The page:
RECYCLING UPDATE: MARCH 30 MEETING OF COUNTY, TOWN OFFICIALS EXPECTED TO BE CONDUCTED REMOTELY
A major meeting scheduled in Manteo March 30 of State, Dare County, and town officials and representatives to discuss “different options to move forward” in the current recycling crisis is likely to be held remotely, according to Sandy Skolochenko, a community development specialist with the N.C. Dept. of Environmental Quality.
The meeting may be held as a Webinar conference, Ms. Skolochenko said today.
As The Beacon previously reported, the State Division of Waste Management has granted a “temporary exemption” to Southern Shores and other Dare County towns, enabling them to contract with Bay Disposal & Recycling to transport their recyclables to a waste-to-energy incinerator in Virginia, in lieu of recycling them.
Bay Disposal has been taking the loads of Outer Banks recycling that it collects to Wheelabrator in Portsmouth since last December, when Tidewater Fibre Corp. (TFC) stopped accepting them at its materials recycling facility in Chesapeake. Materials recycling facilities like TFC’s receive, separate, and prepare recyclables for marketing to end-user manufacturers.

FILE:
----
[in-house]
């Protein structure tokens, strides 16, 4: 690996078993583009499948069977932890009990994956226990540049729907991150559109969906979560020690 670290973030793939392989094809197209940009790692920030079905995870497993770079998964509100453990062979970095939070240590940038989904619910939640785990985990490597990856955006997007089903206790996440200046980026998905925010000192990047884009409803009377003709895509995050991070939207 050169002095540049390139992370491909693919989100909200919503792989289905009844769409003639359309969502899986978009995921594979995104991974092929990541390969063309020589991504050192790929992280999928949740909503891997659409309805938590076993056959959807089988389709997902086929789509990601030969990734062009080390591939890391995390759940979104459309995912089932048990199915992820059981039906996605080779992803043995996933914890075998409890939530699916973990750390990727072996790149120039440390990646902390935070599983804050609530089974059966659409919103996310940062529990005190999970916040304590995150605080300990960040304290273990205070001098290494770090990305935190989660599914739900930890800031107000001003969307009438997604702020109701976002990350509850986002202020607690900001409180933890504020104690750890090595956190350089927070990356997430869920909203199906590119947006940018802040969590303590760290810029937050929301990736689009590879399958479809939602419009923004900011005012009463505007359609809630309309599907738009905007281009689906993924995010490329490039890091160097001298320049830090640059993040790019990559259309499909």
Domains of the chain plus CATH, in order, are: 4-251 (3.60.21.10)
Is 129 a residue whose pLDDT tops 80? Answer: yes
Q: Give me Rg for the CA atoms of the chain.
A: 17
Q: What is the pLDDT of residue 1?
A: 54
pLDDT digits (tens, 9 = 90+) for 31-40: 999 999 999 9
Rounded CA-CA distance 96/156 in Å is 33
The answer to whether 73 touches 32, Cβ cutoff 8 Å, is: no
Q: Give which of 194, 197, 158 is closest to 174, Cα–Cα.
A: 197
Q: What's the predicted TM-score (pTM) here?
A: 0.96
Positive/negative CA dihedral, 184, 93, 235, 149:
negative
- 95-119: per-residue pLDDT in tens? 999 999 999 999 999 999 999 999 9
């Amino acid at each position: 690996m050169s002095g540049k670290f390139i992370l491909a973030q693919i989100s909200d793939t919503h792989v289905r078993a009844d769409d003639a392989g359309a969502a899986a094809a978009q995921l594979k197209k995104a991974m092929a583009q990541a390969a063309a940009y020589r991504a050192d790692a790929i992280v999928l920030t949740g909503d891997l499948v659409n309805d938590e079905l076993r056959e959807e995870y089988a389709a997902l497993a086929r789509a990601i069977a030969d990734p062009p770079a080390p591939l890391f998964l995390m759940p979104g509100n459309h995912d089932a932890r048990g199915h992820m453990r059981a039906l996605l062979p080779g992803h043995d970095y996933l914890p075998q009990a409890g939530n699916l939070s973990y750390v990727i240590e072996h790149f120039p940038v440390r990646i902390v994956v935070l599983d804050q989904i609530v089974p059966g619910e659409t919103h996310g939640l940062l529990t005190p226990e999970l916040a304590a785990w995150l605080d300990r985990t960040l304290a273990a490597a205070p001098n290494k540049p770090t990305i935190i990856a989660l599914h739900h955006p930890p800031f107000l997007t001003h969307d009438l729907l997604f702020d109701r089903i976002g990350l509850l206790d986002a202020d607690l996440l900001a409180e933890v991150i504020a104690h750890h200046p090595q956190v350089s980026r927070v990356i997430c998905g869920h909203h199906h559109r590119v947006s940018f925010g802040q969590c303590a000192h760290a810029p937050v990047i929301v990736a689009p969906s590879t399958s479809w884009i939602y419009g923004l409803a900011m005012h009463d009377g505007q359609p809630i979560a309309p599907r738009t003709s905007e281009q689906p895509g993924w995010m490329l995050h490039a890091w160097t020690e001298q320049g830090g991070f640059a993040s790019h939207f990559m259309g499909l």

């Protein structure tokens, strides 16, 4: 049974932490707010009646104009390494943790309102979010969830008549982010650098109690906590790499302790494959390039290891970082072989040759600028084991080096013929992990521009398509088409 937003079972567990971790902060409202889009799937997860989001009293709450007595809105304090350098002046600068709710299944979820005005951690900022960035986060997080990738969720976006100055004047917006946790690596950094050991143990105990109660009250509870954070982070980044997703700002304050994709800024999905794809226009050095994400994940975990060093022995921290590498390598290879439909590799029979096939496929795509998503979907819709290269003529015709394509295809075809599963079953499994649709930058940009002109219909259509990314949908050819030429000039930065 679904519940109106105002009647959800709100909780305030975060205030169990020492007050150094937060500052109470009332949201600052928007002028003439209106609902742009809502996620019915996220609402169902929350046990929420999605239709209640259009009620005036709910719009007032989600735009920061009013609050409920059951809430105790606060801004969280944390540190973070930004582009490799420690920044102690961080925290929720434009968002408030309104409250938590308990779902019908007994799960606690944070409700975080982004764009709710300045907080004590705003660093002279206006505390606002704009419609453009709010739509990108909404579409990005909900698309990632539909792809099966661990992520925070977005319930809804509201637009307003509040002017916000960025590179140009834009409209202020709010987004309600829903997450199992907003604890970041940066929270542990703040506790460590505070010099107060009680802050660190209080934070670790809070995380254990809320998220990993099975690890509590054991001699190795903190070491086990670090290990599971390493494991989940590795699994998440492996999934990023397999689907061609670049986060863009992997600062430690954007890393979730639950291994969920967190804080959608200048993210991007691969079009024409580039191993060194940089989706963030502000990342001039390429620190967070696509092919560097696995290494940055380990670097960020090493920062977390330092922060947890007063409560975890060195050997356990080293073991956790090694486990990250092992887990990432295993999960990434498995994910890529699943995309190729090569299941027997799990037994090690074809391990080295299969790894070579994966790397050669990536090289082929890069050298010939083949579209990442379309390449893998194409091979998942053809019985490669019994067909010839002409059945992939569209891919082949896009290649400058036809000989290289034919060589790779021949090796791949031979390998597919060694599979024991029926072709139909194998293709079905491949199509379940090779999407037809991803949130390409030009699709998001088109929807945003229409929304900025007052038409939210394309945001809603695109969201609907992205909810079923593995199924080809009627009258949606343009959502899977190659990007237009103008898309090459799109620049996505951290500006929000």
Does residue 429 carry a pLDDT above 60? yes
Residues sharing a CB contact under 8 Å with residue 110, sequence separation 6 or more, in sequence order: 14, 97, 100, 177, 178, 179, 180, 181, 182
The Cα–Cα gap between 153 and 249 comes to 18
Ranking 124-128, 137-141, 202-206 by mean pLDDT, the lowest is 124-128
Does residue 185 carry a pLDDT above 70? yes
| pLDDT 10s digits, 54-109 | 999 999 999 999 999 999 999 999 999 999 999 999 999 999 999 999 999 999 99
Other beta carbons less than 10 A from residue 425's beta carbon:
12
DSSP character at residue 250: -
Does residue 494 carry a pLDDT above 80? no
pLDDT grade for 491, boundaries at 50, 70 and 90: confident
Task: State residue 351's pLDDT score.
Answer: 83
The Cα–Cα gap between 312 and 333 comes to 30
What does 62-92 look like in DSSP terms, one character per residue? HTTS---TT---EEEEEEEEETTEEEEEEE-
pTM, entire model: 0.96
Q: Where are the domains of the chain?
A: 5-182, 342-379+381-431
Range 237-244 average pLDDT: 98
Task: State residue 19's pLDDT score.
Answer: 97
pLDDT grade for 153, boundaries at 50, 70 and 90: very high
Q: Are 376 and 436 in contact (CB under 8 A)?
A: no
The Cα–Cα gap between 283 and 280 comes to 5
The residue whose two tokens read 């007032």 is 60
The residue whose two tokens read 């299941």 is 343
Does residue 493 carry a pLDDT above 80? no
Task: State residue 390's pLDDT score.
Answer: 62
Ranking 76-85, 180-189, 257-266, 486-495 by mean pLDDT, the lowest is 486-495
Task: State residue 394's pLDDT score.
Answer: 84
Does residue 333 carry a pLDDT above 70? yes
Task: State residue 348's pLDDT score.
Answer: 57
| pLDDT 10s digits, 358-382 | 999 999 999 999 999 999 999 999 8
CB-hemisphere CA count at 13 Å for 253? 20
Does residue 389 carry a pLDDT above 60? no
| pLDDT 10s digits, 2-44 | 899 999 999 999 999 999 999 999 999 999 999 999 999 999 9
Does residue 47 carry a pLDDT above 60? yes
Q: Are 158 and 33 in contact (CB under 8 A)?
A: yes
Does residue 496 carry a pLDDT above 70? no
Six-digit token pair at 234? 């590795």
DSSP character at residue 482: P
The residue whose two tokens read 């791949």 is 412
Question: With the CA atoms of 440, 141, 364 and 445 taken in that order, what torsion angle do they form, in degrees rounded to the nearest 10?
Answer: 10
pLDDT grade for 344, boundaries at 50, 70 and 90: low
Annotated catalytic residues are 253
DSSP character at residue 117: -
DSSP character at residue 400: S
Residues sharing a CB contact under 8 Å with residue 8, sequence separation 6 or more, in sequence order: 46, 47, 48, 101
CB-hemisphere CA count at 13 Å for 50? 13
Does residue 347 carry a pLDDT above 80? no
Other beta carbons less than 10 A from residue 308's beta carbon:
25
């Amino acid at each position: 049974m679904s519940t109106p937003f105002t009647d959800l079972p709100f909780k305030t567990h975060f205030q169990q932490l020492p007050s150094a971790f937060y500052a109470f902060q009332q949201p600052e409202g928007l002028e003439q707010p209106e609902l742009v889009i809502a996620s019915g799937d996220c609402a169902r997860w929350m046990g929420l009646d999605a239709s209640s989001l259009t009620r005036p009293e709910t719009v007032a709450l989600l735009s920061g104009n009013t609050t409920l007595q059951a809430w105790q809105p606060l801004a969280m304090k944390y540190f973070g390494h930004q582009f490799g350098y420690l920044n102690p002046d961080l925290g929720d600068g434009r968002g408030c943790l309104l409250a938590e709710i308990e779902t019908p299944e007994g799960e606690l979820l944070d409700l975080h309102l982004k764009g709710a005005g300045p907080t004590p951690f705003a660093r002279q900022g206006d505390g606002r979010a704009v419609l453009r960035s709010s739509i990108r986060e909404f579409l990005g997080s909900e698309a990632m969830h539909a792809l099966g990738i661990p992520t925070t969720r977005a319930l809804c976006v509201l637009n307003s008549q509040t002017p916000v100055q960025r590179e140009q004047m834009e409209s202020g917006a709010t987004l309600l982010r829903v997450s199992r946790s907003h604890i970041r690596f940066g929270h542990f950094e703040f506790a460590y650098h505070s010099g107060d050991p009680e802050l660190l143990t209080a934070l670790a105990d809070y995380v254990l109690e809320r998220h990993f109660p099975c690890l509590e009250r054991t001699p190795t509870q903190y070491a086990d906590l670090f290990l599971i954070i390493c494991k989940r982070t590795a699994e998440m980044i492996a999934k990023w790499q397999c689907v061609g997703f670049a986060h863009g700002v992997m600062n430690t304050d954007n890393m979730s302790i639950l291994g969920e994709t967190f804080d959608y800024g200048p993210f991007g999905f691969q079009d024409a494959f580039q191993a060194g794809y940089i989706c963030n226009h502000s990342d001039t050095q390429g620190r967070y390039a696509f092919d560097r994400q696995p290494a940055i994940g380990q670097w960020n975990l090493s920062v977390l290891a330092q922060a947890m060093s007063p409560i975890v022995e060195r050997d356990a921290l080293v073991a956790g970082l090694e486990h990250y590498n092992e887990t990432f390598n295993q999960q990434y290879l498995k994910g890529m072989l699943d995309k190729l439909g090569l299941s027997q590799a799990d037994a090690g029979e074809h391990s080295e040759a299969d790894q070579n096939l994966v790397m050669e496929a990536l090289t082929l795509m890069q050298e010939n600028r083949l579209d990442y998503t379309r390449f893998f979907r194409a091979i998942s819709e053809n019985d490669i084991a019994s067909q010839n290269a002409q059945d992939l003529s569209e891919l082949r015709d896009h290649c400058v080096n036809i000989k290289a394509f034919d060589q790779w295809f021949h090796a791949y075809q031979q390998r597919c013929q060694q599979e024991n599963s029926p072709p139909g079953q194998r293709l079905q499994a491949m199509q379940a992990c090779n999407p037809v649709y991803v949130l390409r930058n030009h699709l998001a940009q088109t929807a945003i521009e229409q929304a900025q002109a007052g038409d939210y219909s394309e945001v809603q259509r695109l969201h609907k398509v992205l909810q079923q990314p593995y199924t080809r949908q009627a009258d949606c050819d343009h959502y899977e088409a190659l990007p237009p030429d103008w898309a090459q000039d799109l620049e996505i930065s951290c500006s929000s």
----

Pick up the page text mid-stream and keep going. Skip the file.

(For background, see, e.g., The Beacon on 1/18/20, 2/14/20, 3/12/20.)
Ms. Skolochenko described the State’s regulatory exemption as a “temporary holding pattern,” which is in effect until April 15.
N.C. law prohibits the disposal of plastics and aluminum cans in landfills, as well as in incinerators.
Nags Head Town Manager Cliff Ogburn is coordinating the March 30 meeting, she said, which should be open to the public and to the media, regardless of what form it takes.
The Beacon will update this story when more information becomes available.
BREAKING NEWS: The Beacon is just learning that Ocracoke Island will close to visitors starting tomorrow at 5 a.m., and the Currituck County beaches of Corolla and Carova will close to visitors, as of Saturday at 9 a.m. Officials in Hyde and Currituck counties have instituted states of emergency. See OBX Today for more details at https://obxtoday.com/coronavirus/ocracoke-island-outer-banks-northern-beaches-closing-to-visitors/?fbclid=IwAR2FVraeJ0umb3Rcxx_N8d6KEguyLy1qY-2Fv2sRfQzuoE1tEWh3iLnq770.
Ann G. Sjoerdsma, 3/18/20